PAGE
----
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High court rejects restrictions on cameras in courts

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NEWS MEDIA UPDATE   ·   FLORIDA   ·   Broadcasting   ·   Nov. 7, 2005 High court rejects…

NEWS MEDIA UPDATE   ·   FLORIDA   ·   Broadcasting   ·   Nov. 7, 2005

High court rejects restrictions on cameras in courts

  • Proposed limits on cameras in courts were defeated last week by the state’s high court.

Nov. 7, 2005  ·   The Florida Supreme Court unanimously rejected a proposal Nov. 3 that would have strictly limited camera coverage of courtroom proceedings by the news media. The rule change was proposed presumably to protect privacy and confidential material.

“There’s no privacy in a public courtroom,” First Amendment Foundation lawyer Jonathan Kaney told the justices at a June hearing. The justices agreed.

The justices also unanimously vetoed a proposal that would have allowed judges to ban television and still pictures of jurors’ and potential jurors’ faces without holding hearings.

“We’re thrilled and see the court’s decision as continuing Florida’s tradition of public access to our courts,” Carol LoCicero, a lawyer for Cable News Network and five other media companies, said in an interview with The Associated Press.

Media companies including 12 Florida news outlets — both newspaper and broadcast stations — as well as the First Amendment Foundation had opposed the proposed amendments.

Hillsborough Circuit Court Judge Claudia Rickert Isom of Plant City, who chaired the Florida Bar committee proposing the changes, argued in favor of the changes despite protests from media lawyers who said they would effectively close courtrooms to public review and scrutiny. Isom said she was not surprised by the unanimous decision last week.

“We knew that those were going to be looked at very closely by the court,” she told the AP. “I’m good. There wasn’t a lot of ego vested in this.”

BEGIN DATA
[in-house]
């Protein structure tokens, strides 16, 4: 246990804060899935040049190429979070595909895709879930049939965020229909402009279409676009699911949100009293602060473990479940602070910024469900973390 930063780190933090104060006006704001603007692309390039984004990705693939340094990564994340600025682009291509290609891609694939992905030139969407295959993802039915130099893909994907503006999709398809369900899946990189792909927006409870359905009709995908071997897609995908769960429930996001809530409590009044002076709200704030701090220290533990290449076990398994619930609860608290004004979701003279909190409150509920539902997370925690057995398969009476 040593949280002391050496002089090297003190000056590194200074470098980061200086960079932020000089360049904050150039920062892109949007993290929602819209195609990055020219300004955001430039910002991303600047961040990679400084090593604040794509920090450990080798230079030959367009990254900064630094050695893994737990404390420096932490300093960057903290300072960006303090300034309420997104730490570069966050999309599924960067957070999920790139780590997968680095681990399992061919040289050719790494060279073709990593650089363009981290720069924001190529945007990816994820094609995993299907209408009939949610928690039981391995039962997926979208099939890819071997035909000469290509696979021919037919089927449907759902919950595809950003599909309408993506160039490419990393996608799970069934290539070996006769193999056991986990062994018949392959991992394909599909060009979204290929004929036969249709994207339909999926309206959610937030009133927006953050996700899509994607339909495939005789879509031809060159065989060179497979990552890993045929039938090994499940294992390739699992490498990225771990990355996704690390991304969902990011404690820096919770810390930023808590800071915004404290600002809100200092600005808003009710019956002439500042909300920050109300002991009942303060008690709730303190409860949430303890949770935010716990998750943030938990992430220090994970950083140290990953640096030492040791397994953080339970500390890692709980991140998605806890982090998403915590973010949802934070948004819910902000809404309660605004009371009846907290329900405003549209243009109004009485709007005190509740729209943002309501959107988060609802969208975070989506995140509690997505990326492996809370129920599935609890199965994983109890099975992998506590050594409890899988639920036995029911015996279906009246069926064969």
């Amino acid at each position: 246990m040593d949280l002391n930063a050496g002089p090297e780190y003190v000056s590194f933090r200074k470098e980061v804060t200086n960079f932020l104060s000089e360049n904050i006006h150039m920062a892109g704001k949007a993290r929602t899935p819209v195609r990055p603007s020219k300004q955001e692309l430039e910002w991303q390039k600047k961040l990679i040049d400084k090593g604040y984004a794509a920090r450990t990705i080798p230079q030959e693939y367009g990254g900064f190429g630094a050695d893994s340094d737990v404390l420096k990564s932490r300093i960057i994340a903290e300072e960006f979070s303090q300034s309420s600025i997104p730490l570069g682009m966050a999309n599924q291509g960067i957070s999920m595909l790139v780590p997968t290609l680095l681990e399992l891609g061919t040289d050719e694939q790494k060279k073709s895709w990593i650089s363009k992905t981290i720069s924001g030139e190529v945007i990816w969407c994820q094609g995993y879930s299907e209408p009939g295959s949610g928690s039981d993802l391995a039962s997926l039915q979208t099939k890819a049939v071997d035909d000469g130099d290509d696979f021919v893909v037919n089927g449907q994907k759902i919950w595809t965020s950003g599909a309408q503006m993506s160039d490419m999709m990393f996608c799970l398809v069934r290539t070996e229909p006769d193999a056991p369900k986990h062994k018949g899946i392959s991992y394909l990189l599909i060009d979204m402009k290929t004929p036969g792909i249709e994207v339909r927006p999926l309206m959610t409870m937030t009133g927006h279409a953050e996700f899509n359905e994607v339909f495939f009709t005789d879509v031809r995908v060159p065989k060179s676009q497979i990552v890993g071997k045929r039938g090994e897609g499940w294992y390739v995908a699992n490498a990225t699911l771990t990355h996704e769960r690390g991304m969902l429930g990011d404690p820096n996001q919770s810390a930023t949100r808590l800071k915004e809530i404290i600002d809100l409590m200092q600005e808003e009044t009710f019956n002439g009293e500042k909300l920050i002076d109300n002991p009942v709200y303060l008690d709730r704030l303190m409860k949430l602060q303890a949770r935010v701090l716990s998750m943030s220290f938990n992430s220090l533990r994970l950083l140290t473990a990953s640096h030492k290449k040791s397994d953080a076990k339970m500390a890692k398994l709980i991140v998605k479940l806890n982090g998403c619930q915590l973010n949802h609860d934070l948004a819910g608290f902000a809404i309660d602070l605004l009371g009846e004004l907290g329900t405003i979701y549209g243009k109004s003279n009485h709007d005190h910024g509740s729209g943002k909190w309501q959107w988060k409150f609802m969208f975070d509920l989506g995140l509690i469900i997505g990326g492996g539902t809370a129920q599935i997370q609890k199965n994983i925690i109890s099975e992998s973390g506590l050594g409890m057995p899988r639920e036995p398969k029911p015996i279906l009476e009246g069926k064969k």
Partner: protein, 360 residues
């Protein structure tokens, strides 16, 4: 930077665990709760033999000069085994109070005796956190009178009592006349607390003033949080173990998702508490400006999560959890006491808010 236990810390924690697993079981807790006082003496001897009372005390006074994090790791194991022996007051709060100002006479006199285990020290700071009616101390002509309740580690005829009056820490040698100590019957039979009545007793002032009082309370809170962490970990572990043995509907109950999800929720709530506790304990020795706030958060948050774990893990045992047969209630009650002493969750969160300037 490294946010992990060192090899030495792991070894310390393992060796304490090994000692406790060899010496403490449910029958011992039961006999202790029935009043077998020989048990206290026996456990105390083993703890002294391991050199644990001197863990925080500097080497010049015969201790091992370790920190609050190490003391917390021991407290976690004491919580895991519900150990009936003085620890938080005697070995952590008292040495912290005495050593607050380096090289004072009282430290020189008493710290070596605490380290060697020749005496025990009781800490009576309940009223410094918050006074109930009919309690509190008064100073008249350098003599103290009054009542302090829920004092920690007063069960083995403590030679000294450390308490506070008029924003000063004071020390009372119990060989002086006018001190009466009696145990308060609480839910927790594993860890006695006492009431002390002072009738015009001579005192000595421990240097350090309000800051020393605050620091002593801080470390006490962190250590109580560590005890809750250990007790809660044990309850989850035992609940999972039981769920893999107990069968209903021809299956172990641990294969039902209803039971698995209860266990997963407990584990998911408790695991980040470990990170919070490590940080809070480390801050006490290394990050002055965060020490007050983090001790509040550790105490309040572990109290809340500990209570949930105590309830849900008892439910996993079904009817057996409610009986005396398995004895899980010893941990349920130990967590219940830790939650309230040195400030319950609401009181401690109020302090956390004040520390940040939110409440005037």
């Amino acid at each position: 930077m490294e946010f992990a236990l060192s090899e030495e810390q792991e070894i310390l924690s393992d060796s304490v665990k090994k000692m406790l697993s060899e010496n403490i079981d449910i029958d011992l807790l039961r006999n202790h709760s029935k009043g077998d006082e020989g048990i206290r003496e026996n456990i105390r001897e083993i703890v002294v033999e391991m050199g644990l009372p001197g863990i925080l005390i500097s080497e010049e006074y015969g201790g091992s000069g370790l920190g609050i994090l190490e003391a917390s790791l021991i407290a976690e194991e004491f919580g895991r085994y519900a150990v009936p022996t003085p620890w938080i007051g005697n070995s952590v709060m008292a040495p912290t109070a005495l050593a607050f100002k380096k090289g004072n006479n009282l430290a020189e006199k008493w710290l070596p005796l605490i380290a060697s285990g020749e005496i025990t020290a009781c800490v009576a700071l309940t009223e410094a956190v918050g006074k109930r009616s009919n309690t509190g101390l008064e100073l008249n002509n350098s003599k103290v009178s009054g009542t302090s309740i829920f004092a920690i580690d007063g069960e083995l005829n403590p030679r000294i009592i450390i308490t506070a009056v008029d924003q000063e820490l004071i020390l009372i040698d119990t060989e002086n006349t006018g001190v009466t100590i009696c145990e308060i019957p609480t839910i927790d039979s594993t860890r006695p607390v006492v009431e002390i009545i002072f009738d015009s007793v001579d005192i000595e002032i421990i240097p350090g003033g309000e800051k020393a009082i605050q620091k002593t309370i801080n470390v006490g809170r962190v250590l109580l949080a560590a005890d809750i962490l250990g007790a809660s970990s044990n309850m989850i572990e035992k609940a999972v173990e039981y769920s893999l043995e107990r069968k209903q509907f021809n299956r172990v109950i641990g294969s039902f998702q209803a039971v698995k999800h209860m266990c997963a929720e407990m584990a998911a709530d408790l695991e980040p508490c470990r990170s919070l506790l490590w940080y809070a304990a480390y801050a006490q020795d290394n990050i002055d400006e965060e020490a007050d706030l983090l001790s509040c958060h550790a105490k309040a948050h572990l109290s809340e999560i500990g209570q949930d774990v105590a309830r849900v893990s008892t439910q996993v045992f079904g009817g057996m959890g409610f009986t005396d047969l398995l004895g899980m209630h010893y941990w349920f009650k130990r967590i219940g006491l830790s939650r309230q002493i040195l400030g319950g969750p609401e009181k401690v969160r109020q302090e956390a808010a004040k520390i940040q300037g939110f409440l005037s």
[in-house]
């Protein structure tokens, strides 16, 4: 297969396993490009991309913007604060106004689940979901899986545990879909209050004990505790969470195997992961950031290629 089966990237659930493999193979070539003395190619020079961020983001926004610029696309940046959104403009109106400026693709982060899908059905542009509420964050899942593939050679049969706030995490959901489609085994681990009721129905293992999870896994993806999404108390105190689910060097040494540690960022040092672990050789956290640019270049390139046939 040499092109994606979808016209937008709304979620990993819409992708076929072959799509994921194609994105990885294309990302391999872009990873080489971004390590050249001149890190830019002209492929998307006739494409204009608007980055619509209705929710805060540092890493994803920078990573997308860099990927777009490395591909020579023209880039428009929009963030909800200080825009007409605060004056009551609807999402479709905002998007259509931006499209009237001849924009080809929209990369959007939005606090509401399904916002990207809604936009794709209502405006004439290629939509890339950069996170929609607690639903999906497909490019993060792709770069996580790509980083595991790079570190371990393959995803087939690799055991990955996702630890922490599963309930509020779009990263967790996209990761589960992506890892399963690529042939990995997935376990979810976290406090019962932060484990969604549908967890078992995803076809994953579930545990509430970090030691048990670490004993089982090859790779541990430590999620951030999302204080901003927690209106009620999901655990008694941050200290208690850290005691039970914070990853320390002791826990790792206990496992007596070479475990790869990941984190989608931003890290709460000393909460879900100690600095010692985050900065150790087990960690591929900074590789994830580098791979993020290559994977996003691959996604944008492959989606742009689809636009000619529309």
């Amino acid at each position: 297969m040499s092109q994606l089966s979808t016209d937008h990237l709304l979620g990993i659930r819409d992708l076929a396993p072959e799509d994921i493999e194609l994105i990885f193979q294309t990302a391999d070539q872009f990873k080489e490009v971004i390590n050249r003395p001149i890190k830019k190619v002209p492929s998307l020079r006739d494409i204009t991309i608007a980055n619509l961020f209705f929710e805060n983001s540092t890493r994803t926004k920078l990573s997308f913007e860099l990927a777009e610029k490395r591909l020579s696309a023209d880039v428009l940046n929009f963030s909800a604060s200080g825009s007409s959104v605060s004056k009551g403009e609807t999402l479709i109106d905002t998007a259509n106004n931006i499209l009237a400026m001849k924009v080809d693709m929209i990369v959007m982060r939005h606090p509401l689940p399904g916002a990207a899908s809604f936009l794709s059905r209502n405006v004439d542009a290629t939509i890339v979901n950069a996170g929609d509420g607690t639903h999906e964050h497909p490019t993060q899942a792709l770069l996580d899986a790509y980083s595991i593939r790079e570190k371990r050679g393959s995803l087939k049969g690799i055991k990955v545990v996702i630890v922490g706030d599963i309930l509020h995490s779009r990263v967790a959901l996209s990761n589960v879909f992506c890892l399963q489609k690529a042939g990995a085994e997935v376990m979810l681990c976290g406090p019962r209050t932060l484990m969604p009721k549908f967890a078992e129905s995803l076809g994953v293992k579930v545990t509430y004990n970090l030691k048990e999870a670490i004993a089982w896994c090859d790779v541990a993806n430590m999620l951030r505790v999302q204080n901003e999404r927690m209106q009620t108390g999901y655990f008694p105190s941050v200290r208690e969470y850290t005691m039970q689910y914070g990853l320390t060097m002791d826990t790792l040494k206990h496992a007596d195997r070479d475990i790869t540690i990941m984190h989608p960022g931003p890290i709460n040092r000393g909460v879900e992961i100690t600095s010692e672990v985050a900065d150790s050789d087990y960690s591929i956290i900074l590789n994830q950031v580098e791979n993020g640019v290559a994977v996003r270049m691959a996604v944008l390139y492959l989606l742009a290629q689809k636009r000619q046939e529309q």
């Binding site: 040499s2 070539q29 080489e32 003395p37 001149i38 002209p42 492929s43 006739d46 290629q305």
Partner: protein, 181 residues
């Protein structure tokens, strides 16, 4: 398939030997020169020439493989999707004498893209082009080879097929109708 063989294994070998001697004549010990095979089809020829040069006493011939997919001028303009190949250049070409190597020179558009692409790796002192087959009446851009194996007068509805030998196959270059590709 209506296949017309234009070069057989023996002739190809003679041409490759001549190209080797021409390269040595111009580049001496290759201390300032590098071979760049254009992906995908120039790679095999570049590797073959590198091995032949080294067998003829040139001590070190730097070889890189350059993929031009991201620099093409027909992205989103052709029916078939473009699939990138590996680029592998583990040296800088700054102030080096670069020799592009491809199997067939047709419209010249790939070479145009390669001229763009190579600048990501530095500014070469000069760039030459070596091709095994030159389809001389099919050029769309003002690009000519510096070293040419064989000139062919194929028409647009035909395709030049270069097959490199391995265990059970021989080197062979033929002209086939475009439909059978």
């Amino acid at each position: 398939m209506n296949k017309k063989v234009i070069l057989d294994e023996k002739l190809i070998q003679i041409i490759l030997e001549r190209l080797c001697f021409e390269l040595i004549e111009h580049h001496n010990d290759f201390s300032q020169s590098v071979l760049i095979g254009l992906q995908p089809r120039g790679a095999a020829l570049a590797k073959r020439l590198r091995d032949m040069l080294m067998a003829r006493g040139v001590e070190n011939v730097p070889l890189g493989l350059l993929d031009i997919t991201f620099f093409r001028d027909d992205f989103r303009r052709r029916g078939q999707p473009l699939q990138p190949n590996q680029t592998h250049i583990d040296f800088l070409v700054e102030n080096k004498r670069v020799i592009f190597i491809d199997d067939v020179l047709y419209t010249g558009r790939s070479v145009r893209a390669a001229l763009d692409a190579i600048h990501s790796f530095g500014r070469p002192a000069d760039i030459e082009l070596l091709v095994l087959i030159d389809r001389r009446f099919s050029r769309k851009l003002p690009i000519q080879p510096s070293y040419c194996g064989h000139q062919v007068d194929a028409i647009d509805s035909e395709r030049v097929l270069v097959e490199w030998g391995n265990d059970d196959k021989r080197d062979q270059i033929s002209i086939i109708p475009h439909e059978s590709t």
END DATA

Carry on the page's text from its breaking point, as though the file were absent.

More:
Janet Weaver, the executive editor of the Tampa Tribune, one of the papers opposing the rule change, told the AP the rejection was a victory for journalists and the public.

“Part of our responsibility is to bring readers and viewers into the courtroom,” Weaver said. “Journalists have proven to have been very responsible and respectful of the privilege.”

The Florida Rules of Judicial Administration allow both video and still cameras in the courtroom but their presence is subject to the judge’s discretion to control the courtroom and ensure a fair trial. It is rare that cameras are excluded. Rules currently provide that at least one portable television camera, operated by no more than one videographer, shall be permitted in any trial or appellate court proceeding. The number of cameras permitted is to be decided by the presiding judge, the rules state.

The court also rejected another proposal that would have limited the use of court security cameras to only security purposes.

First Amendment Foundation President Barbara Petersen told the AP that security tapes can provide a record of wrongdoing and that an act of the Legislature, not a court rule, would be needed to exempt them from disclosure under the public records laws.

Other media companies that joined in opposing the rule changes: WFTS of Tampa- St. Petersburg, WPTV of West Palm Beach, the Naples Daily News, The Tribune of Fort Pierce, the Vero Beach Press-Journal, WFLA-TV of Tampa- St. Petersburg, WPLG of Miami- Fort Lauderdale, WJXT of Jacksonville, WKMG of Orlando and WSVN of Miami- Fort Lauderdale.


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